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Park Forest Elementary Opera Performances

For a brief spell, Park Forest Elementary School’s all-purpose room was transformed into an opera house.


Before a packed house of parents, grandparents, siblings and other patrons, fifth-grade classes performed condensed versions of four classic operas, the culmination of a unit about opera and its cultural significance.


Temporarily leaving the 21st century for the worlds of composers Verdi, Bizet and Mozart, students became aristocrats, queens, gypsies, fantasy creatures, prison guards, soldiers and doomed lovers. Everyday outfits were traded for makeup, dresses, gloves, coats, bowties, uniforms, hats and even feathers.


With each fifth-grade classroom presenting an opera, the audience was treated to renditions of “La Traviata,” “Il Trovatore,” “The Magic Flute” and “Carmen” as music teacher Patti Begg accompanied on piano in between emotional moments.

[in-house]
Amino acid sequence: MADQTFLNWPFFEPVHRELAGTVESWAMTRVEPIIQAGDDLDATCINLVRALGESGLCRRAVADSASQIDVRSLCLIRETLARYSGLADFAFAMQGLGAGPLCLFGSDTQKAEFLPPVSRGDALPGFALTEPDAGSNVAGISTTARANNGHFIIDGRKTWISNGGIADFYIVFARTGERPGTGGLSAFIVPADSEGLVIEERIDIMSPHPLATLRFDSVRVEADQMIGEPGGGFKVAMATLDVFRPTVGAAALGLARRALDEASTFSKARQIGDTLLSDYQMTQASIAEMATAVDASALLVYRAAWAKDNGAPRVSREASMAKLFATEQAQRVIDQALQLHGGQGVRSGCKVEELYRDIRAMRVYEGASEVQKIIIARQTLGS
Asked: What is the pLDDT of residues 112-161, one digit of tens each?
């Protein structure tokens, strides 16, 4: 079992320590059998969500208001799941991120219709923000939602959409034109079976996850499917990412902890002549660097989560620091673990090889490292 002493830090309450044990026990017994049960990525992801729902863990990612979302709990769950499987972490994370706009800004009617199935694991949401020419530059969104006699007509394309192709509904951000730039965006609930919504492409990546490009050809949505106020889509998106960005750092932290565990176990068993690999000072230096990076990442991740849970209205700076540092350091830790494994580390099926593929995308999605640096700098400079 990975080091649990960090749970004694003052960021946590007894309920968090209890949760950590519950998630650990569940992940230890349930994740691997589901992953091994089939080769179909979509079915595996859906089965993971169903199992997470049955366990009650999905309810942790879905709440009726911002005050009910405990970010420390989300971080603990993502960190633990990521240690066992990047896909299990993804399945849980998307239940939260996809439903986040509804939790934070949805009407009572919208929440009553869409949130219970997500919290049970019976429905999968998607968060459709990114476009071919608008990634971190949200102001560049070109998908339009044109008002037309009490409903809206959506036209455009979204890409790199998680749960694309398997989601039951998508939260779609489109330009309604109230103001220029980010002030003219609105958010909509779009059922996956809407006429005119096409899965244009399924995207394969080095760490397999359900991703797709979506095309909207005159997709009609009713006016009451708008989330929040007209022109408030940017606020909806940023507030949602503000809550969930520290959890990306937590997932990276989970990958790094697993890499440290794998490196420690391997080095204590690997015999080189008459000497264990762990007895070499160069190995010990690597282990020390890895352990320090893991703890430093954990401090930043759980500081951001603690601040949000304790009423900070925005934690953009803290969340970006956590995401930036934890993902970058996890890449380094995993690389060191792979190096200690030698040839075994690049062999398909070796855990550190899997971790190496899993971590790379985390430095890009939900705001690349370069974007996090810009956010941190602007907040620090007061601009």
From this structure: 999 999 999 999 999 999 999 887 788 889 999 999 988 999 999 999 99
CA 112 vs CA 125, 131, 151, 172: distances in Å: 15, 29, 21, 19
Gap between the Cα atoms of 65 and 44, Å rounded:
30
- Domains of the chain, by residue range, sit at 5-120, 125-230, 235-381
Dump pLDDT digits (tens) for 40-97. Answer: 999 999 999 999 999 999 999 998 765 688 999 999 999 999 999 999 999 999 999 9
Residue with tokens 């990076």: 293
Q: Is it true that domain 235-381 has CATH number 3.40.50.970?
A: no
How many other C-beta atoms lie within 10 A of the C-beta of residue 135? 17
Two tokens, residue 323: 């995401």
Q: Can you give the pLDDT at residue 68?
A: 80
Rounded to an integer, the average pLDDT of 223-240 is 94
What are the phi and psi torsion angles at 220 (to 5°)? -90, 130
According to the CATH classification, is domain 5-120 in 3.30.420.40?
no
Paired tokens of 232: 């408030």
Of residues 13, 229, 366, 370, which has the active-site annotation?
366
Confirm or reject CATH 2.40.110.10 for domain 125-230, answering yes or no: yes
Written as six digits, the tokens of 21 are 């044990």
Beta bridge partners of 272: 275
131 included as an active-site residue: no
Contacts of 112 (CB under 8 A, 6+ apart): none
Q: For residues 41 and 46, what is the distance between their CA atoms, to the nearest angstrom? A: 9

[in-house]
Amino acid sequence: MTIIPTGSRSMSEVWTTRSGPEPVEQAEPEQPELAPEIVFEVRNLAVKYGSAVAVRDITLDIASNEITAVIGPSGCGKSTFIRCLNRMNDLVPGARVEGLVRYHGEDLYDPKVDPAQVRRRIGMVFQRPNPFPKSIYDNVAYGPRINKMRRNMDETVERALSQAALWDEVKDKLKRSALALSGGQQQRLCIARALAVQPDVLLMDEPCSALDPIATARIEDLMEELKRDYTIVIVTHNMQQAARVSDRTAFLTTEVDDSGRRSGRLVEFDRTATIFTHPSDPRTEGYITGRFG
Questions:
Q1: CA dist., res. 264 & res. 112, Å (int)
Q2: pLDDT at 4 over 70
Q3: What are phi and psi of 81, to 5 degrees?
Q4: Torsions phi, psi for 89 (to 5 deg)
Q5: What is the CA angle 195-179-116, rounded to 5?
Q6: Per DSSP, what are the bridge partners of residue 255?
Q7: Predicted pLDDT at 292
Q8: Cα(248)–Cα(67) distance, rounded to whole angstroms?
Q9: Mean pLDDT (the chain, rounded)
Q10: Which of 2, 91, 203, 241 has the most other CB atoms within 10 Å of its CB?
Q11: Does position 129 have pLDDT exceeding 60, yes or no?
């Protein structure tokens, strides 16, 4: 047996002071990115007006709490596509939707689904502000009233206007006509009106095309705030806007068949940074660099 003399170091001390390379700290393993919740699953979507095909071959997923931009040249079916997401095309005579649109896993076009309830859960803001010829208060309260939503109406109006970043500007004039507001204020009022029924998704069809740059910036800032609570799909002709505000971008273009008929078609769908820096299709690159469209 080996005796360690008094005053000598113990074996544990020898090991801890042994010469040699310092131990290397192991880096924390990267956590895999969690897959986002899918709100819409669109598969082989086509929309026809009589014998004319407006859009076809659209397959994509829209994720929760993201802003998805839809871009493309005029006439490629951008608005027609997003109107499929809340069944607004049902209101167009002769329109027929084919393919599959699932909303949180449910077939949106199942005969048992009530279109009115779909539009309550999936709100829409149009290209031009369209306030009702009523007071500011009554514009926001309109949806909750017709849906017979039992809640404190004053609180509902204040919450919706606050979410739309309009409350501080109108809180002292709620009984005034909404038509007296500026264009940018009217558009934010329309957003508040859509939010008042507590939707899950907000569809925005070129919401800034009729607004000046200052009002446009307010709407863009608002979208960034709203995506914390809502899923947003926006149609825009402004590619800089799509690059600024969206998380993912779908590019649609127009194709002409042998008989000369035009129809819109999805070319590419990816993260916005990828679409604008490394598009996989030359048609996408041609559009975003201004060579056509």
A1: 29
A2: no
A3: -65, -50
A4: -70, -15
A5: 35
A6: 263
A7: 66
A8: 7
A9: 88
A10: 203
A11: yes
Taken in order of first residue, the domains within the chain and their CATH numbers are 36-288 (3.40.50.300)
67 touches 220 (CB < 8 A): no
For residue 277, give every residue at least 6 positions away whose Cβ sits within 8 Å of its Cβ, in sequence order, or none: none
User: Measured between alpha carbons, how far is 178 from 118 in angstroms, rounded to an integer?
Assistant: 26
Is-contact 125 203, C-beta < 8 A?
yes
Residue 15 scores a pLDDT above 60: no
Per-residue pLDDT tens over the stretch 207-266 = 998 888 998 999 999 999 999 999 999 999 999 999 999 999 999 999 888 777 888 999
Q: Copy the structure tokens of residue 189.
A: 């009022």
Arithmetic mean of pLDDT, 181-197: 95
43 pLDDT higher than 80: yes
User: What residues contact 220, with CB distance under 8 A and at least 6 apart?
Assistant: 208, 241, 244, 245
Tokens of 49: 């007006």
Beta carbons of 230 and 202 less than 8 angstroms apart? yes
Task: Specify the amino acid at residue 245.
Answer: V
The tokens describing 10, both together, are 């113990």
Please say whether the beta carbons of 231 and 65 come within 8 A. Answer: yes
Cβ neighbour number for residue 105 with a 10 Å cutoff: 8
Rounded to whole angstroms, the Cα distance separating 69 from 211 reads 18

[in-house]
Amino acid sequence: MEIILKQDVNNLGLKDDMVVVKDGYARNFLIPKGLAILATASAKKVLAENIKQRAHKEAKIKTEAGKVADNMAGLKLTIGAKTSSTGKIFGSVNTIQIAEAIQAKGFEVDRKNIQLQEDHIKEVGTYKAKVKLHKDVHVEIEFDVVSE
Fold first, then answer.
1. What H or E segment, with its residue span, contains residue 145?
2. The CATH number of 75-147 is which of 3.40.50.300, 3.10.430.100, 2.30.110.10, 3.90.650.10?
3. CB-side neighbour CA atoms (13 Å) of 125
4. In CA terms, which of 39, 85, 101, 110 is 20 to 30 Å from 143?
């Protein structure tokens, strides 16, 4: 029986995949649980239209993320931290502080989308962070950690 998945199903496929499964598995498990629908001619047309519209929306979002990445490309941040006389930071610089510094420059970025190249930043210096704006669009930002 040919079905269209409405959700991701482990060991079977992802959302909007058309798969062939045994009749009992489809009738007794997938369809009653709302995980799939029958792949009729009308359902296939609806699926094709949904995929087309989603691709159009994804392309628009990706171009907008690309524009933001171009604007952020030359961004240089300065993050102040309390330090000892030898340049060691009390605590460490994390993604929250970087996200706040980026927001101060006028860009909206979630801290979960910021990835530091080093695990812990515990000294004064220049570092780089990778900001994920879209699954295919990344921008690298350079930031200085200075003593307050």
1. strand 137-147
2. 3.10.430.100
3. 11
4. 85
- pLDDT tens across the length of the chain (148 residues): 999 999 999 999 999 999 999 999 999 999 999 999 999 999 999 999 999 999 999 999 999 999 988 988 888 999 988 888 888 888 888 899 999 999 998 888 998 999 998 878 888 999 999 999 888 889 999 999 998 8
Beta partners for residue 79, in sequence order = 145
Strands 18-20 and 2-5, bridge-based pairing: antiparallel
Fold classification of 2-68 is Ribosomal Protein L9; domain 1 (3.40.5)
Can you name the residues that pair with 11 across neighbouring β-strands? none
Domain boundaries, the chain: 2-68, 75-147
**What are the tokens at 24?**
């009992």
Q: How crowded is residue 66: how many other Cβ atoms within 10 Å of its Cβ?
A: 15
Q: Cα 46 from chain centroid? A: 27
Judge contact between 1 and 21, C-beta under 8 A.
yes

“Forgive me!” Alfredo cried in the climactic “La Traviata” scene to his wrongfully scorned and gravely ill paramour, Violetta, who sprang to life long enough to express her eternal love before collapsing for good.


Such drama is an annual Park Forest music class tradition. For years, Begg has introduced opera to her students, teaching them how it tells stories through music and songs. Lessons include watching video clips of operas and singers, talking about voice parts, studying librettos and then rehearsing lines and a few arias.


“Students walk away with an appreciation of the high art that is opera, and an appreciation for the years of study that are demanded from every great singer,” Park Forest Principal Tom Weed said.


After the final bows and applause, Begg offered her own “bravo” for Park Forest’s afternoon at the opera.


“I can’t tell you how much I want to thank you for being here on their behalf,” she told the audience. “Kids, you far exceeded my expectations. It was amazing!”


By Chris Rosenblum

Photos by Nabil K. Mark